Summer comes at the wrong time of year for bathing suit shopping! After spending the better part of five months holed up inside sheltered from winter’s wet and cold, I wear the resultant pallor on my face and body. It is with this less than glowing “look” that I enter the dreaded changing room to try on swimwear as I prepare for the warmth of summer. I can’t say I am enamored of the experience.
Changing room lighting is the most unflattering lighting ever. It accentuates all my very visible flaws and makes me look sallow, sickly and old. And it really doesn’t matter what store it is – high or low end – they’re all the same. Then there are the mirrors. They all seem to have been acquired in a fire sale from a local funhouse. This deadly changing room combination of lighting and mirrors coalesce to make me look fatter, more withered, uglier, more wrinkled and droopier than the reflection I have of myself at home. Am I just kidding myself? Have I been in illusion all winter long?
I should have lived in the early 1900’s when women wore “bathing costumes” to the beach. These covered everything from neck to calves. Okay, maybe they were a bit cumbersome in the water and a bit hot to wear, but they did provide protection from the critical eyes of others.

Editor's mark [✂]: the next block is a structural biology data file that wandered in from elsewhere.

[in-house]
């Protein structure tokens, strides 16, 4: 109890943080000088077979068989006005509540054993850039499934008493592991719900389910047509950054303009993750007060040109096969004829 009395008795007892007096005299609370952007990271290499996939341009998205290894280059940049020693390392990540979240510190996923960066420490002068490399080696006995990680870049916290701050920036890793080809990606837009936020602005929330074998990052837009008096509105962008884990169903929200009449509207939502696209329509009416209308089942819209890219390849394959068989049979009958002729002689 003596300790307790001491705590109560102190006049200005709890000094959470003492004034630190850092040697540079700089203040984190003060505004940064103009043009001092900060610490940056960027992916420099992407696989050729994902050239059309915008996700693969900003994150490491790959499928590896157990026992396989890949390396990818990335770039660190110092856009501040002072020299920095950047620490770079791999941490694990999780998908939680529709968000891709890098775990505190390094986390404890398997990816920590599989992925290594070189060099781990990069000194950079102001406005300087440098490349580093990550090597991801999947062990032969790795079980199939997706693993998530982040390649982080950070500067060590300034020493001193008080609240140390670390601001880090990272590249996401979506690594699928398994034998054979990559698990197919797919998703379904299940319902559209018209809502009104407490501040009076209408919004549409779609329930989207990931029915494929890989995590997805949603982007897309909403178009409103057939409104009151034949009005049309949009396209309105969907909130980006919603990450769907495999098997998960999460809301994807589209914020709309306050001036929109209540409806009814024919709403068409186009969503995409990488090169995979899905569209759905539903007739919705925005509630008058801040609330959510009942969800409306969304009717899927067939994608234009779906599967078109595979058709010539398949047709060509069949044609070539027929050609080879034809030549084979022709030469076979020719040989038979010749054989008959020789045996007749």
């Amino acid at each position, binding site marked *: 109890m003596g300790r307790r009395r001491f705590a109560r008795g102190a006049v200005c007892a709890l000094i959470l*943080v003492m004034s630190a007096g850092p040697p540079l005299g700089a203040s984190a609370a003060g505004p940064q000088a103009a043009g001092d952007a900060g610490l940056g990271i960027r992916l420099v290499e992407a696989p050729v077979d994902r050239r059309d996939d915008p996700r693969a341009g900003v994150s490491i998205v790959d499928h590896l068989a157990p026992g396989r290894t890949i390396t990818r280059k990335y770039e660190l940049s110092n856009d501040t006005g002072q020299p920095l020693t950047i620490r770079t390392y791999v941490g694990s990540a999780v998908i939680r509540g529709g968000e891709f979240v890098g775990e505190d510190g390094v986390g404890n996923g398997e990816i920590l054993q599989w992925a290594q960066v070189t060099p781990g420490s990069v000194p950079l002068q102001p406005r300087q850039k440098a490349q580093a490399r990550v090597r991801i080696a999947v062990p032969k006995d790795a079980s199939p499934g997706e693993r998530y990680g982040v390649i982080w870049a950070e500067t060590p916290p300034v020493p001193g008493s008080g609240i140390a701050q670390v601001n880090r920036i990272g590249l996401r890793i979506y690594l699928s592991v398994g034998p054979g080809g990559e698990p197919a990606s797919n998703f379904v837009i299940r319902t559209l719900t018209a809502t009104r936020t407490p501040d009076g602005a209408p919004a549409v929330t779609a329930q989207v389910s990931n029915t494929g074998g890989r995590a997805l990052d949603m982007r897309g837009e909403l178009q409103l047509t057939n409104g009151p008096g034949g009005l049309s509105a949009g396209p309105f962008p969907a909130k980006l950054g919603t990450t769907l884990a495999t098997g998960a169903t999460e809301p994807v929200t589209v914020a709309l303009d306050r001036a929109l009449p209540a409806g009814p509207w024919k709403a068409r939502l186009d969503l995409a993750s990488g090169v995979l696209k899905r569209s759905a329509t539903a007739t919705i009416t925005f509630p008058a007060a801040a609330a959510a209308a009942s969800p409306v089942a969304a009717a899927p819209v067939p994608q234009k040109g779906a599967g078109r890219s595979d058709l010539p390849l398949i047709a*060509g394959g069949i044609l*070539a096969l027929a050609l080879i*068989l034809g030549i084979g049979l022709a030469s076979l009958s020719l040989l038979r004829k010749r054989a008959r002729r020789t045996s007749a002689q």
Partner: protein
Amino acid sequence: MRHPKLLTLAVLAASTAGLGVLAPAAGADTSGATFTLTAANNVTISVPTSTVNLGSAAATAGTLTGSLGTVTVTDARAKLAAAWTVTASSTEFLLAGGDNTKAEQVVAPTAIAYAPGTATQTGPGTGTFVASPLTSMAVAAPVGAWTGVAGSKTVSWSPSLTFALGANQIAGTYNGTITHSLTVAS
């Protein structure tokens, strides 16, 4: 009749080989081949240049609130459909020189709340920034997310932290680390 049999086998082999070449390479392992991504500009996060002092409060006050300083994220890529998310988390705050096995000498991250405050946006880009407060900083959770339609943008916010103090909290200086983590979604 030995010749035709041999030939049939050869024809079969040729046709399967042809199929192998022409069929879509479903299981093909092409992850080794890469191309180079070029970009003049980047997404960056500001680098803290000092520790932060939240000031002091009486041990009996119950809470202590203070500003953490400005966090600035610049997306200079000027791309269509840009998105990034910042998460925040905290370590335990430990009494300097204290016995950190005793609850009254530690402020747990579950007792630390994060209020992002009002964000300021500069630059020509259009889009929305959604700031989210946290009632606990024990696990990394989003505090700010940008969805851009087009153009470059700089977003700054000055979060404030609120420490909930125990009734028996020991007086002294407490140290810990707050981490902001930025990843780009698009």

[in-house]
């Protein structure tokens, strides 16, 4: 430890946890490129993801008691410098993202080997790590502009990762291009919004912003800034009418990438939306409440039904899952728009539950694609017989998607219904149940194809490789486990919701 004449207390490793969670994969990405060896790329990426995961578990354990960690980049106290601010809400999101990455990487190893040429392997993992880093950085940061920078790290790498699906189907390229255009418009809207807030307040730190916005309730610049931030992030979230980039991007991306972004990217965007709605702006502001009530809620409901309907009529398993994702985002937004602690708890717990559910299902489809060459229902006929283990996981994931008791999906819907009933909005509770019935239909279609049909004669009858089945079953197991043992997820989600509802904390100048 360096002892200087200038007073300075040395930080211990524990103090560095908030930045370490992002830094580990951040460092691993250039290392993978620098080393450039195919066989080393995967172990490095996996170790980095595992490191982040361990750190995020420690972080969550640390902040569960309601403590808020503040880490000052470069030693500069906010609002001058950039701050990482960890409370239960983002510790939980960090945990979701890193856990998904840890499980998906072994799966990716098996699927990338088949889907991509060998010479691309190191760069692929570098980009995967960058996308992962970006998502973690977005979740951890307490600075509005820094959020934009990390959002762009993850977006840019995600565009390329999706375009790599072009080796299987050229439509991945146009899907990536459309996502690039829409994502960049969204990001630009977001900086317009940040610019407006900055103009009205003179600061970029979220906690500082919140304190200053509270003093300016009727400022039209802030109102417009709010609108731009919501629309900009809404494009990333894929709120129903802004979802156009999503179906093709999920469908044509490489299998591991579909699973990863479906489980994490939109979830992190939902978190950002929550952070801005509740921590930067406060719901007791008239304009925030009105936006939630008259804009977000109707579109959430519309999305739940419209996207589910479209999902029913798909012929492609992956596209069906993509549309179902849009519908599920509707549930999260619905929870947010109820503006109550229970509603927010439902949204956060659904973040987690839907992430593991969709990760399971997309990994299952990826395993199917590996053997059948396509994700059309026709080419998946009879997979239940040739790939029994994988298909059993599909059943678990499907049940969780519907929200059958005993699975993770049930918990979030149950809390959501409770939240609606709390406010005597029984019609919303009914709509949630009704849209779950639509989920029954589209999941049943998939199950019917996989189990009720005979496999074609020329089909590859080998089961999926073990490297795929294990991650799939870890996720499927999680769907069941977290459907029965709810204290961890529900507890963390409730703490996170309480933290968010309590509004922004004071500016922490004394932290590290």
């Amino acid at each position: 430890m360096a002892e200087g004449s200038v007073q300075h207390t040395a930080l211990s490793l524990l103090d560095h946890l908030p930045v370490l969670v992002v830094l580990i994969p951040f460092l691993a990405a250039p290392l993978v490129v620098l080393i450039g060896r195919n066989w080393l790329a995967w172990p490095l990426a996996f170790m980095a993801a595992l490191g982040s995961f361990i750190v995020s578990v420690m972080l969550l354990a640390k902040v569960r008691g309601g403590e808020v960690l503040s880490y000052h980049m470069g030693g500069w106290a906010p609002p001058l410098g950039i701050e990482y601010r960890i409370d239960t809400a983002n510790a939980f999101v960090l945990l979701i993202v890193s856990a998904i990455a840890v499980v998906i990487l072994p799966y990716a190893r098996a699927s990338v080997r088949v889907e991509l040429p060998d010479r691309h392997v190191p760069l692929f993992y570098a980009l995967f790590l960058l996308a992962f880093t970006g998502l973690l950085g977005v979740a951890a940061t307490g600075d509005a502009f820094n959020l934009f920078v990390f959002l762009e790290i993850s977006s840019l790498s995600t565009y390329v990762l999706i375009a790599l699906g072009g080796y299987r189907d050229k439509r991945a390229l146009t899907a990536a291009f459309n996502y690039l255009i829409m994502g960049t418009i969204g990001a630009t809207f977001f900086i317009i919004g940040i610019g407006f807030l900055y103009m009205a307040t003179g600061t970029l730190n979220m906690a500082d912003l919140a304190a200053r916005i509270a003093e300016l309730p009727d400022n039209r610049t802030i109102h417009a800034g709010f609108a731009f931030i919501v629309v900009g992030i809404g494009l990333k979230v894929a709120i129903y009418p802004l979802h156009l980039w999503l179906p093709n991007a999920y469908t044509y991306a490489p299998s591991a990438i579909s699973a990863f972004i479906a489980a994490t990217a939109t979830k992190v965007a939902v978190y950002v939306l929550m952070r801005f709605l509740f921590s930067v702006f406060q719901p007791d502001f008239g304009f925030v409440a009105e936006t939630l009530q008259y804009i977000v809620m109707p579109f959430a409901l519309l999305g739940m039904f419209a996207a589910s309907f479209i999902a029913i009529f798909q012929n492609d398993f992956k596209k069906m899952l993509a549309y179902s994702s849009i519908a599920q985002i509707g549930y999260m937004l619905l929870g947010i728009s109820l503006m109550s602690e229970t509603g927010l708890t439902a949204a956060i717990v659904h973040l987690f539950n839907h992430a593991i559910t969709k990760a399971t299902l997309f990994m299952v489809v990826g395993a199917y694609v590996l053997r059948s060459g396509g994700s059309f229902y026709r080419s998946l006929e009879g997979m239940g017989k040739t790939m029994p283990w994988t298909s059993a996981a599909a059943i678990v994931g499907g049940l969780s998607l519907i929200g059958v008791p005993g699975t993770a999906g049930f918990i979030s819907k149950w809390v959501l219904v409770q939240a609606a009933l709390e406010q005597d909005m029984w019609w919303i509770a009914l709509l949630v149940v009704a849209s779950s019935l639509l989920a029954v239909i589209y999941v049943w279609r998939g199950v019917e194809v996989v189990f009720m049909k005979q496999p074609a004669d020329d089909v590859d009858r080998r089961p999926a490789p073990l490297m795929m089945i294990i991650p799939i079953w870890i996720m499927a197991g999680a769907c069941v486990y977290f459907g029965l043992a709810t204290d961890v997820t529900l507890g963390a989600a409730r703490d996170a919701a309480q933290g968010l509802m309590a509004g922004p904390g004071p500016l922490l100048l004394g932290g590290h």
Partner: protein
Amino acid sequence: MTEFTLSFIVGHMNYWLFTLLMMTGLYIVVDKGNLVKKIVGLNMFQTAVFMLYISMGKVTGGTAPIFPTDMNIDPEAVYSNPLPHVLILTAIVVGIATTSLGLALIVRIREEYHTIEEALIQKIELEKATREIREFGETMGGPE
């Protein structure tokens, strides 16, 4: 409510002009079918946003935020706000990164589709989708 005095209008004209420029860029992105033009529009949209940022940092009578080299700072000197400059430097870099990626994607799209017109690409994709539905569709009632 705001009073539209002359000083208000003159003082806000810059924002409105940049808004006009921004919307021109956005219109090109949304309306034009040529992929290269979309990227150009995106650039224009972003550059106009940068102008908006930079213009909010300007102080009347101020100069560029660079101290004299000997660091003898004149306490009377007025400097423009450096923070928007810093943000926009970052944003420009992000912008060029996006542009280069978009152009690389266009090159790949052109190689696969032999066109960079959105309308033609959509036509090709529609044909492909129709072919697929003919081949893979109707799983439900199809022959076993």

No such luck with today’s bathing suits. At my age, they are all way too skimpy for me to be seen wearing out in public. Although I can accept my body’s aging when alone or in the company of my loved ones, I am not so accepting when baring myself in a bathing suit where others can see me. My vanity and pride get the better of me and I become very self-conscious about my aging, non-elastic skin. My wise self tells me that there’s not much I can do about it and that I need to take deep breaths to accept the physical signs of aging. However, no matter how much I try, some breaths are just shallower then others.
My solution for my bathing suit angst is to stay covered up on the beach or in the shade. When I do venture into the water to cool off or swim, you can be sure that I do it with speed and alacrity, all the while wishing for those bathing costumes of long ago.
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(Image: Flickr, Fuschia Foot)